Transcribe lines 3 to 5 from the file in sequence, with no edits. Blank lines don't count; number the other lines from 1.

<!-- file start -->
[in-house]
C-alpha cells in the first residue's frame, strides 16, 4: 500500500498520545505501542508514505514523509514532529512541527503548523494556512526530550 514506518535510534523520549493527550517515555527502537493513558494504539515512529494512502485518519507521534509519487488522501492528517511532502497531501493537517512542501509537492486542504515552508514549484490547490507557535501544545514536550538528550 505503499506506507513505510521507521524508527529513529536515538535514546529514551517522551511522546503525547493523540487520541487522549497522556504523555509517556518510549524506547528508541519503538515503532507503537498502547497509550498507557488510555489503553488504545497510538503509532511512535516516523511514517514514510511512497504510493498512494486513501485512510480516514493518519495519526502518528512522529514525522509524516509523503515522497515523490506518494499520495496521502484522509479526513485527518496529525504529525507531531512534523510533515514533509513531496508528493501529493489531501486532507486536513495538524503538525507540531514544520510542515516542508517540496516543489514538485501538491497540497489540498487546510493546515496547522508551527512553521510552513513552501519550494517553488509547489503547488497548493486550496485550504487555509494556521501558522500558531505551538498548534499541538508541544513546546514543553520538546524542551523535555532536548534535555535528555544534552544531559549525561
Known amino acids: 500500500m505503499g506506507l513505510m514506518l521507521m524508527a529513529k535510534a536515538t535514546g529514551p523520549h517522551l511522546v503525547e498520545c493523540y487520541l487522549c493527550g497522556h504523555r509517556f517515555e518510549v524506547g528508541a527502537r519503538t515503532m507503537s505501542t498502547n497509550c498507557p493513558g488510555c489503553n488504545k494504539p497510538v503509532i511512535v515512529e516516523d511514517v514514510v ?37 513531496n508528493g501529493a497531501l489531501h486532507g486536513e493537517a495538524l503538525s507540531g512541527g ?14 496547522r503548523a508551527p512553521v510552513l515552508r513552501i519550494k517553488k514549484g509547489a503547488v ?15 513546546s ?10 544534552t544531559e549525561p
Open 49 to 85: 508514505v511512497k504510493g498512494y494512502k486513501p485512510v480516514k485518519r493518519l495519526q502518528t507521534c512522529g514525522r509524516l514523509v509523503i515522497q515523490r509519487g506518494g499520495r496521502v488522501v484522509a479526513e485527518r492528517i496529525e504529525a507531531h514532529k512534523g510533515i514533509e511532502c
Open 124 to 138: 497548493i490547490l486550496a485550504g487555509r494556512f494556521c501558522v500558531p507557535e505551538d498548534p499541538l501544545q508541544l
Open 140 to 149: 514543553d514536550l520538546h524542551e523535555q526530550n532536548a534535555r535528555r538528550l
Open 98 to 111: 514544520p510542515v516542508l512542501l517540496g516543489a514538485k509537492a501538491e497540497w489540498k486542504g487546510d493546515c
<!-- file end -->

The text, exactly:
Known amino acids: 500500500m505503499g506506507l513505510m514506518l521507521m524508527a529513529k535510534a536515538t535514546g529514551p523520549h517522551l511522546v503525547e498520545c493523540y487520541l487522549c493527550g497522556h504523555r509517556f517515555e518510549v524506547g528508541a527502537r519503538t515503532m507503537s505501542t498502547n497509550c498507557p493513558g488510555c489503553n488504545k494504539p497510538v503509532i511512535v515512529e516516523d511514517v514514510v ?37 513531496n508528493g501529493a497531501l489531501h486532507g486536513e493537517a495538524l503538525s507540531g512541527g ?14 496547522r503548523a508551527p512553521v510552513l515552508r513552501i519550494k517553488k514549484g509547489a503547488v ?15 513546546s ?10 544534552t544531559e549525561p
Open 49 to 85: 508514505v511512497k504510493g498512494y494512502k486513501p485512510v480516514k485518519r493518519l495519526q502518528t507521534c512522529g514525522r509524516l514523509v509523503i515522497q515523490r509519487g506518494g499520495r496521502v488522501v484522509a479526513e485527518r492528517i496529525e504529525a507531531h514532529k512534523g510533515i514533509e511532502c
Open 124 to 138: 497548493i490547490l486550496a485550504g487555509r494556512f494556521c501558522v500558531p507557535e505551538d498548534p499541538l501544545q508541544l